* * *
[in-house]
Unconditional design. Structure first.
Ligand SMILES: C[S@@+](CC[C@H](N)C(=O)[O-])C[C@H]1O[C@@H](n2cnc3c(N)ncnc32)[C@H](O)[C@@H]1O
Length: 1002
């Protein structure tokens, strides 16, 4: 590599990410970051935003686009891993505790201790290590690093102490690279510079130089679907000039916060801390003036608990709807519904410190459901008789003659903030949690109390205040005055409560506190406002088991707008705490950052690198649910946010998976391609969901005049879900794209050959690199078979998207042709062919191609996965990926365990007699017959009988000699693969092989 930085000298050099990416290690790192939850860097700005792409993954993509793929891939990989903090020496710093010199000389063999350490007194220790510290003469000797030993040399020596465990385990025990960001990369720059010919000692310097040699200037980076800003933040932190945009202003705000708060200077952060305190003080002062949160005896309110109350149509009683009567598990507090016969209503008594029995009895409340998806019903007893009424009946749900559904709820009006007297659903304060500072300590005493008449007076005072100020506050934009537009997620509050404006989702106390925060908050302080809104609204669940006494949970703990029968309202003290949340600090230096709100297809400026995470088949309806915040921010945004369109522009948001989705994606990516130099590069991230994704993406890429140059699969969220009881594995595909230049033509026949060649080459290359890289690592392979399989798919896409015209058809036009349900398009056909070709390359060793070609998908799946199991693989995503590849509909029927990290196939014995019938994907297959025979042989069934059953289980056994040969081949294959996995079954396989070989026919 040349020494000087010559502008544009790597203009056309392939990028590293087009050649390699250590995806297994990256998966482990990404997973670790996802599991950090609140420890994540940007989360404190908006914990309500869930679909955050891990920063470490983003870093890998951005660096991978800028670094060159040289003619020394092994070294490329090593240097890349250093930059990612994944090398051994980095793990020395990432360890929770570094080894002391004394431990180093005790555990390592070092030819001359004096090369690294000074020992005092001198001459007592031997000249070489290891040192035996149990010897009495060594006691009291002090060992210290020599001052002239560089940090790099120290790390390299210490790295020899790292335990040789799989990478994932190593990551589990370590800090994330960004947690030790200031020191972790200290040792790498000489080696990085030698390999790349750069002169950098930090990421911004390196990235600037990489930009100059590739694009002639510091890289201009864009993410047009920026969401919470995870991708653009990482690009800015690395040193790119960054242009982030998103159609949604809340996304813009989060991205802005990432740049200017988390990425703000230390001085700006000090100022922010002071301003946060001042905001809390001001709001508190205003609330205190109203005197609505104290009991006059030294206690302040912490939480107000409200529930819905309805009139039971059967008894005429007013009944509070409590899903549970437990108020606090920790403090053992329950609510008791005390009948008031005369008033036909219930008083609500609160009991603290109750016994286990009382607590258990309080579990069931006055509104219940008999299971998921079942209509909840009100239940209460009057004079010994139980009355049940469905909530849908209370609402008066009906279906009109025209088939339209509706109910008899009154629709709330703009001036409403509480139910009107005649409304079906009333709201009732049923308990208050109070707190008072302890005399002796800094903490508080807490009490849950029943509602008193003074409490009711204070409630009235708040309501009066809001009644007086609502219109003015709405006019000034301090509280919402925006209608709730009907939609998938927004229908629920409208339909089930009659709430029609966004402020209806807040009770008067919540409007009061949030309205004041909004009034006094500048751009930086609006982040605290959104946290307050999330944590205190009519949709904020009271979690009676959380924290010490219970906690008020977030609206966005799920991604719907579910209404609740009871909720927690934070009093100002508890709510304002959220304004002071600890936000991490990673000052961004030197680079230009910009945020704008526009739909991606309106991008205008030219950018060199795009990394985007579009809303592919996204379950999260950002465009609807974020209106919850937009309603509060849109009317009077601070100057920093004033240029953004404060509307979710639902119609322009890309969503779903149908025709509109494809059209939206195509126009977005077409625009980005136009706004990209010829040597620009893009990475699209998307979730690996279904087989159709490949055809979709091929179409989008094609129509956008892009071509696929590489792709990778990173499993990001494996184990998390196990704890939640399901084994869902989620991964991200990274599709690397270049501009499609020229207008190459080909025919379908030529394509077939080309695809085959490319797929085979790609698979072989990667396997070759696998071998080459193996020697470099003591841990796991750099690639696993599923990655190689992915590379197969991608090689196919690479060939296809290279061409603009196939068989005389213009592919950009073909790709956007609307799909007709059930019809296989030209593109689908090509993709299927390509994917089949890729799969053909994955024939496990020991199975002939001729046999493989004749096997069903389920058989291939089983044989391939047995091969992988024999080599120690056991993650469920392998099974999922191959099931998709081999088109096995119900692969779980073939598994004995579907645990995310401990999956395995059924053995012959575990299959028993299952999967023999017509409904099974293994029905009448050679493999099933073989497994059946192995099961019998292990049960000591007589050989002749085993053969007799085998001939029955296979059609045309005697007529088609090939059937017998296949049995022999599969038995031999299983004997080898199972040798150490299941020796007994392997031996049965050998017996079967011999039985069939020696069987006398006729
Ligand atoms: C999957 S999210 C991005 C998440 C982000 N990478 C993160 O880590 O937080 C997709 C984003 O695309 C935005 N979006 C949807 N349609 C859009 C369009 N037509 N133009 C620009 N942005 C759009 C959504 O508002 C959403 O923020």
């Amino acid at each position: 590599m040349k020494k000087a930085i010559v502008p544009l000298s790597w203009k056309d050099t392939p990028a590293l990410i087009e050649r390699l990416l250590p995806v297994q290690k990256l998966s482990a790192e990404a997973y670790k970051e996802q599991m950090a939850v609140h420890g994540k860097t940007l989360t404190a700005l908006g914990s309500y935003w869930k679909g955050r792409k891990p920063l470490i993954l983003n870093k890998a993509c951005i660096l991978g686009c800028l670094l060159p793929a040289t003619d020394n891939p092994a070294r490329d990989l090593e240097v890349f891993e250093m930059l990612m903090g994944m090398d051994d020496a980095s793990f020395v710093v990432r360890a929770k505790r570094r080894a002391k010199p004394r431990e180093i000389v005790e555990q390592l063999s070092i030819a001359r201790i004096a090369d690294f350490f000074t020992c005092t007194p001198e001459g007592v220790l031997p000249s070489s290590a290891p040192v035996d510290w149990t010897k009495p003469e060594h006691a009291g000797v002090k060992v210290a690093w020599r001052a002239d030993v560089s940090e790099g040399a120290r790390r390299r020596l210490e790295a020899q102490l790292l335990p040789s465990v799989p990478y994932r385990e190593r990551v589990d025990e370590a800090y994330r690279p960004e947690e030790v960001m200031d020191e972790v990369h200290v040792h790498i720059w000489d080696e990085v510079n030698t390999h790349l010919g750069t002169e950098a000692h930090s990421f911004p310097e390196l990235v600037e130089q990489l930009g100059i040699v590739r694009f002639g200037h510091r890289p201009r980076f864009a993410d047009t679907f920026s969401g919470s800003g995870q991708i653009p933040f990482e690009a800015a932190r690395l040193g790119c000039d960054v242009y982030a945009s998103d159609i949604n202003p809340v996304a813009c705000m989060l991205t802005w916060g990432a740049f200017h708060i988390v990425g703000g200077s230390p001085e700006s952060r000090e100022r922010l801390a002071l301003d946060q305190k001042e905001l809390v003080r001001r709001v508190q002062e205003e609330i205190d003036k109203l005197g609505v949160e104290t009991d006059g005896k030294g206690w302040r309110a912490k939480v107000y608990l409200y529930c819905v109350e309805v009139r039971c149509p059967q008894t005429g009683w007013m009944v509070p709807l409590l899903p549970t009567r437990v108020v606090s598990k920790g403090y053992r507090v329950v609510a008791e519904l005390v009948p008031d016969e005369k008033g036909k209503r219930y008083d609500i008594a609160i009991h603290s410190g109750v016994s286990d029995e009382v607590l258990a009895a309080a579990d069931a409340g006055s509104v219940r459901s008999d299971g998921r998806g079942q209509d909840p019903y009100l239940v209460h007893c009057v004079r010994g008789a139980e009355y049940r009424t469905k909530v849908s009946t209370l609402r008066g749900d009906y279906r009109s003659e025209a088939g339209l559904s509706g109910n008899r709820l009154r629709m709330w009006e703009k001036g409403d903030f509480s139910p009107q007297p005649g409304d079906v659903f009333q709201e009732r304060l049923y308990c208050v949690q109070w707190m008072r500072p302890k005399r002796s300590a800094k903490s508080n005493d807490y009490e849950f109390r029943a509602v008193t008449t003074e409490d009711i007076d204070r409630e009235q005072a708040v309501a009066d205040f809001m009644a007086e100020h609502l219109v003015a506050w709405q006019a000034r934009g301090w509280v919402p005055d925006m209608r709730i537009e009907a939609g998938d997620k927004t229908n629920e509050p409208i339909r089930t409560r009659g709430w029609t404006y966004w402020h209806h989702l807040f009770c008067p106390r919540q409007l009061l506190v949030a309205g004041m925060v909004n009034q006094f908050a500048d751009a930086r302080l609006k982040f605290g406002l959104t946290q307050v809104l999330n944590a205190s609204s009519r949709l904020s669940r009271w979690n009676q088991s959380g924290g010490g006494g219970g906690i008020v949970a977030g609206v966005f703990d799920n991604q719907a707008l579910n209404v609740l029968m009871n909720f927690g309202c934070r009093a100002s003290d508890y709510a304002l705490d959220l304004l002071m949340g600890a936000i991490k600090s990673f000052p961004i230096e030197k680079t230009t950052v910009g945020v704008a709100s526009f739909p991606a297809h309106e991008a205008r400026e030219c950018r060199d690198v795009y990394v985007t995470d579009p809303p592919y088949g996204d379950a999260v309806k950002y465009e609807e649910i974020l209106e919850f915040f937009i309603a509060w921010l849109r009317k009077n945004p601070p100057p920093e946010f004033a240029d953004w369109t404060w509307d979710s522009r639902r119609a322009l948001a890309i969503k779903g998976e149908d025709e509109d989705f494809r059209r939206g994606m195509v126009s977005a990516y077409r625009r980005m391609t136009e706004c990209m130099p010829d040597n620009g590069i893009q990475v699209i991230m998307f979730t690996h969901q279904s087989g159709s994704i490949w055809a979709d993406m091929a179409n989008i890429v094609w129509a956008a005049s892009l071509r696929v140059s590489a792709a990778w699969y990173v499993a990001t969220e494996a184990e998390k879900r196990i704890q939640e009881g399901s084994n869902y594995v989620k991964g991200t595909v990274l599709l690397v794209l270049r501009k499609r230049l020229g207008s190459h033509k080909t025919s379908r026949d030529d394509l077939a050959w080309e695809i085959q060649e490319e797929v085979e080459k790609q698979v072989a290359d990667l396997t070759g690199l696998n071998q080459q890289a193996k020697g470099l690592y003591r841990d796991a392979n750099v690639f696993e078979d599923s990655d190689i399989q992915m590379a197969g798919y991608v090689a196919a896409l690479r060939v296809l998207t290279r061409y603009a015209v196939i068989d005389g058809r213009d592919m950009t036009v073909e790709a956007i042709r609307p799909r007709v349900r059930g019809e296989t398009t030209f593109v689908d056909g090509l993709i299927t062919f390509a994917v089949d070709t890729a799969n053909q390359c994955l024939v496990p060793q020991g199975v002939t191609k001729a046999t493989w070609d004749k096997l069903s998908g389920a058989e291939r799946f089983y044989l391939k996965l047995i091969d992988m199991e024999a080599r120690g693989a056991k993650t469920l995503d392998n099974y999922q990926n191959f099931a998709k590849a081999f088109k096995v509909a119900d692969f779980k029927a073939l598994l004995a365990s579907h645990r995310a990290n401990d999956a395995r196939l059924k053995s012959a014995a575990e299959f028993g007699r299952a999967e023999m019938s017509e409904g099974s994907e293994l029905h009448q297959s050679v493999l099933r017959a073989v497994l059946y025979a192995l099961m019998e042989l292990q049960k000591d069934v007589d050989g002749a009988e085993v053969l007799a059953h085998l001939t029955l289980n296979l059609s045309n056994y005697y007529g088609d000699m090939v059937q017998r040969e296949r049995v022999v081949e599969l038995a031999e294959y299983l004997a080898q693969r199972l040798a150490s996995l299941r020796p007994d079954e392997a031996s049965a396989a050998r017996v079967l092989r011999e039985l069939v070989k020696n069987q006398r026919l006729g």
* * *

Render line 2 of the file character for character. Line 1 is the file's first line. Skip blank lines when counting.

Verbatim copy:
Unconditional design. Structure first.